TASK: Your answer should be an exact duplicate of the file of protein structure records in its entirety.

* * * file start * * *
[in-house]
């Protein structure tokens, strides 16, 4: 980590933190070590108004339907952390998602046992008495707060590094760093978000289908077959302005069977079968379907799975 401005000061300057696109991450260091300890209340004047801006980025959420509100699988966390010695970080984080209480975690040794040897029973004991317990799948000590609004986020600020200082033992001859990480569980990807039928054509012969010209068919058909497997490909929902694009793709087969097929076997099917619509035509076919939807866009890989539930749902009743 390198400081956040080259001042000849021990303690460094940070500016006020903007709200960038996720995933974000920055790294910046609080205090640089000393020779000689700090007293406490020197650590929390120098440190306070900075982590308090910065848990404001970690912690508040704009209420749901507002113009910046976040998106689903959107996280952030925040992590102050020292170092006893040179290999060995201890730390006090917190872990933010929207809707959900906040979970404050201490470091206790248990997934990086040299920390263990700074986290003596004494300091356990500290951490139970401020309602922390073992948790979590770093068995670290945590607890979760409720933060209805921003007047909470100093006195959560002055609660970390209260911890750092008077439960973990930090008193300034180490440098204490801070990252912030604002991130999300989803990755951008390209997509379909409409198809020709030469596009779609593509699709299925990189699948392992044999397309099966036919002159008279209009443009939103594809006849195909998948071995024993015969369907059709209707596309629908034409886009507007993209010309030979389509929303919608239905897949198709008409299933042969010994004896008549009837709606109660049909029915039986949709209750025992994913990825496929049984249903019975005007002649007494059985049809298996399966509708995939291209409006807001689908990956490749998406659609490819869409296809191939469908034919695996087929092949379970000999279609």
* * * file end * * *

[in-house]
């Protein structure tokens, strides 16, 4: 980590933190070590108004339907952390998602046992008495707060590094760093978000289908077959302005069977079968379907799975 401005000061300057696109991450260091300890209340004047801006980025959420509100699988966390010695970080984080209480975690040794040897029973004991317990799948000590609004986020600020200082033992001859990480569980990807039928054509012969010209068919058909497997490909929902694009793709087969097929076997099917619509035509076919939807866009890989539930749902009743 390198400081956040080259001042000849021990303690460094940070500016006020903007709200960038996720995933974000920055790294910046609080205090640089000393020779000689700090007293406490020197650590929390120098440190306070900075982590308090910065848990404001970690912690508040704009209420749901507002113009910046976040998106689903959107996280952030925040992590102050020292170092006893040179290999060995201890730390006090917190872990933010929207809707959900906040979970404050201490470091206790248990997934990086040299920390263990700074986290003596004494300091356990500290951490139970401020309602922390073992948790979590770093068995670290945590607890979760409720933060209805921003007047909470100093006195959560002055609660970390209260911890750092008077439960973990930090008193300034180490440098204490801070990252912030604002991130999300989803990755951008390209997509379909409409198809020709030469596009779609593509699709299925990189699948392992044999397309099966036919002159008279209009443009939103594809006849195909998948071995024993015969369907059709209707596309629908034409886009507007993209010309030979389509929303919608239905897949198709008409299933042969010994004896008549009837709606109660049909029915039986949709209750025992994913990825496929049984249903019975005007002649007494059985049809298996399966509708995939291209409006807001689908990956490749998406659609490819869409296809191939469908034919695996087929092949379970000999279609």